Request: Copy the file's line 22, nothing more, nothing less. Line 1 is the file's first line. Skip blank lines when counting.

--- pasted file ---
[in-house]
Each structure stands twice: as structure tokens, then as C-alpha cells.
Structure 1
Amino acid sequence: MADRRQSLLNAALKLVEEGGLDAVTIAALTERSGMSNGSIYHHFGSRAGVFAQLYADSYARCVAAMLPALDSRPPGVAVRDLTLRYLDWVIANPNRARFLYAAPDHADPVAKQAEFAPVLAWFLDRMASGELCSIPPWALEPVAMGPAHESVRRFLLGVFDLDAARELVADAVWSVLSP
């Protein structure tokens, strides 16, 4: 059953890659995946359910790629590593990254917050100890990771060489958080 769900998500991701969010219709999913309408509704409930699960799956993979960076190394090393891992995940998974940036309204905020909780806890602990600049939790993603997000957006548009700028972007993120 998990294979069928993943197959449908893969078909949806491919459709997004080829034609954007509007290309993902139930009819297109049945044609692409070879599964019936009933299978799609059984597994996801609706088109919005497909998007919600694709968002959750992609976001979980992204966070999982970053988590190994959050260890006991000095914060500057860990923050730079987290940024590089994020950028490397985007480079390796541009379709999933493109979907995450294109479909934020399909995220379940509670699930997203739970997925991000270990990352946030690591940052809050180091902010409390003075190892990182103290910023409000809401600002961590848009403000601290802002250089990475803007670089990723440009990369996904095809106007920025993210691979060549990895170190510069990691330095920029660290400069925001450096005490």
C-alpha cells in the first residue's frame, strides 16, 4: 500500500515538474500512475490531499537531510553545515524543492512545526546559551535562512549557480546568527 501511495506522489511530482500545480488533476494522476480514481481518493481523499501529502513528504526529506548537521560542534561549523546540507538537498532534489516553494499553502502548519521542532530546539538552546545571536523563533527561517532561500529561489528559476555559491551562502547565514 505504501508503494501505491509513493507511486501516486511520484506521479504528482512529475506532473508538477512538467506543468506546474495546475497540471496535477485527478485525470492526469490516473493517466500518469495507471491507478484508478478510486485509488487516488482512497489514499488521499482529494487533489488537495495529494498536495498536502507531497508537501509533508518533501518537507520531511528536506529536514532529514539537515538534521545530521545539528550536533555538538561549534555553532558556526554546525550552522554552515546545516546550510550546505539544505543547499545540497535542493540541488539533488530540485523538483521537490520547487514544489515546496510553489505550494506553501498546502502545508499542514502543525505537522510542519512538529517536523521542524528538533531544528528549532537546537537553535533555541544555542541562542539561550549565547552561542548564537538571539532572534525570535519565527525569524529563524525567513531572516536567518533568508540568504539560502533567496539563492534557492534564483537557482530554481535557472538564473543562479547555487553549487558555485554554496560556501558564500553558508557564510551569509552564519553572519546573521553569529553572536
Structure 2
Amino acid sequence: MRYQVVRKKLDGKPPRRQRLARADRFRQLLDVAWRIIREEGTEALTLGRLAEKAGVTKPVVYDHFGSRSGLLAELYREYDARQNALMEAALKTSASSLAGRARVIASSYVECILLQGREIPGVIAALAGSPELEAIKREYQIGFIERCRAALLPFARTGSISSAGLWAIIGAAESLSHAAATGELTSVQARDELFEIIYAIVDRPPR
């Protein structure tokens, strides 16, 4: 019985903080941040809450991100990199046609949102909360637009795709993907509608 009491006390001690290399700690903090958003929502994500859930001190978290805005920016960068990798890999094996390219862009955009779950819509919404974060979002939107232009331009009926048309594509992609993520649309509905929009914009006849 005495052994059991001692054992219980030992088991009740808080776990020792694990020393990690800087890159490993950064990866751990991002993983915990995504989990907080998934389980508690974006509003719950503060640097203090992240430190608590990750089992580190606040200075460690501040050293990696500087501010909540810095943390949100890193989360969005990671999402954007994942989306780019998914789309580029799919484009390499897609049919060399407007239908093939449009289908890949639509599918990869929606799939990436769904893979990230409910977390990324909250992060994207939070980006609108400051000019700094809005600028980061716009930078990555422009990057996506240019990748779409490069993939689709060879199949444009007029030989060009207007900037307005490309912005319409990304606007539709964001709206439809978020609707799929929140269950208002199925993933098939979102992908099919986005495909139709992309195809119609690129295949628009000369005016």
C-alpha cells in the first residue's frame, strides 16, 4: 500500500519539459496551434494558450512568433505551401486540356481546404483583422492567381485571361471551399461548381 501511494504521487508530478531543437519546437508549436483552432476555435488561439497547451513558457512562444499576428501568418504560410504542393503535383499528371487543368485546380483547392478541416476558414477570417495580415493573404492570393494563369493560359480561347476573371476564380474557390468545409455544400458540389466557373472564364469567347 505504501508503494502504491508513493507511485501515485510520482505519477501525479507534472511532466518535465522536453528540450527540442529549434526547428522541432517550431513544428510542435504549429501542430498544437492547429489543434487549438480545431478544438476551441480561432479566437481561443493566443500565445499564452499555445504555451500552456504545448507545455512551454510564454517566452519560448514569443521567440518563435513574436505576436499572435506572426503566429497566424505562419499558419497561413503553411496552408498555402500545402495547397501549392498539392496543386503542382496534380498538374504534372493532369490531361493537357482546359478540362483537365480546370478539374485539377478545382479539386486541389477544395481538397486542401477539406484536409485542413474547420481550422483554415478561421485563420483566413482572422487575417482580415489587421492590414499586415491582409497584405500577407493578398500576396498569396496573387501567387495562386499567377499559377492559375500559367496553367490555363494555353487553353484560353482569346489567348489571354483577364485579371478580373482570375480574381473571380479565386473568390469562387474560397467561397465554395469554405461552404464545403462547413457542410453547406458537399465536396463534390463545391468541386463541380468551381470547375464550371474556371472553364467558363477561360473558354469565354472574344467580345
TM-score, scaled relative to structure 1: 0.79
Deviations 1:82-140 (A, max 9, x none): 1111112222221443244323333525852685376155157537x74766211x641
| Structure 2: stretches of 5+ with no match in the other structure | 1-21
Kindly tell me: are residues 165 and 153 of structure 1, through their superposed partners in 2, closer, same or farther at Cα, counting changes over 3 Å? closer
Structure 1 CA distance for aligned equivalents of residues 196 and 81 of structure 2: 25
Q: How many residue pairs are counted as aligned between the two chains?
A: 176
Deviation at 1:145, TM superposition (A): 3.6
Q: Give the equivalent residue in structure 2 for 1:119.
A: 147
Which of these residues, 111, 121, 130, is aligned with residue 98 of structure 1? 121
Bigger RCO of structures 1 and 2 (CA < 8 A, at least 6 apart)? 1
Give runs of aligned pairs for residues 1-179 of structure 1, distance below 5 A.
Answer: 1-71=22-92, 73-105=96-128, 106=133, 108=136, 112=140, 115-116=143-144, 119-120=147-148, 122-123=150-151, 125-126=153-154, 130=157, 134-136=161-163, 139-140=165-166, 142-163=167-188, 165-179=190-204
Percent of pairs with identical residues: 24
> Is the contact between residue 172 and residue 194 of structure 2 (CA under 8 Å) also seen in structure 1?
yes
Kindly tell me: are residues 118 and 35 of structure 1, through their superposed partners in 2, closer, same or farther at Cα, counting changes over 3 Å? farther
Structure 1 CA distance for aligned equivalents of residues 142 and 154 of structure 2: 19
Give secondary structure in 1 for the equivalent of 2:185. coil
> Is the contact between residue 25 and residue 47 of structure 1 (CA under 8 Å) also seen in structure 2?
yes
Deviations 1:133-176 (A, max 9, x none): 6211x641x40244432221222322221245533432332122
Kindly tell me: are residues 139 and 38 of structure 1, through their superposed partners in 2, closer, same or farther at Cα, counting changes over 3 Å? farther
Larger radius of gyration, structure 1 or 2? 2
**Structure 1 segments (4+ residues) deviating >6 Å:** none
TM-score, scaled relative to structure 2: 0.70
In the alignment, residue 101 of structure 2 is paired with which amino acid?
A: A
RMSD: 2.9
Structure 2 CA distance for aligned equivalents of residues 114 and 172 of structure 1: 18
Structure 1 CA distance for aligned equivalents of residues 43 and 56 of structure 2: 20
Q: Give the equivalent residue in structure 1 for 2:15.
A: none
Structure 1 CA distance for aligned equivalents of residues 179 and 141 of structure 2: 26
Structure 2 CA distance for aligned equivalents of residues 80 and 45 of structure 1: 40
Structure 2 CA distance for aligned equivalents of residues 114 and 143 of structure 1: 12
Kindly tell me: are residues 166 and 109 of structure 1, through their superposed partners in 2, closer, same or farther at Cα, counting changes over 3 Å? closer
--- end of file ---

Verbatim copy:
Bigger RCO of structures 1 and 2 (CA < 8 A, at least 6 apart)? 1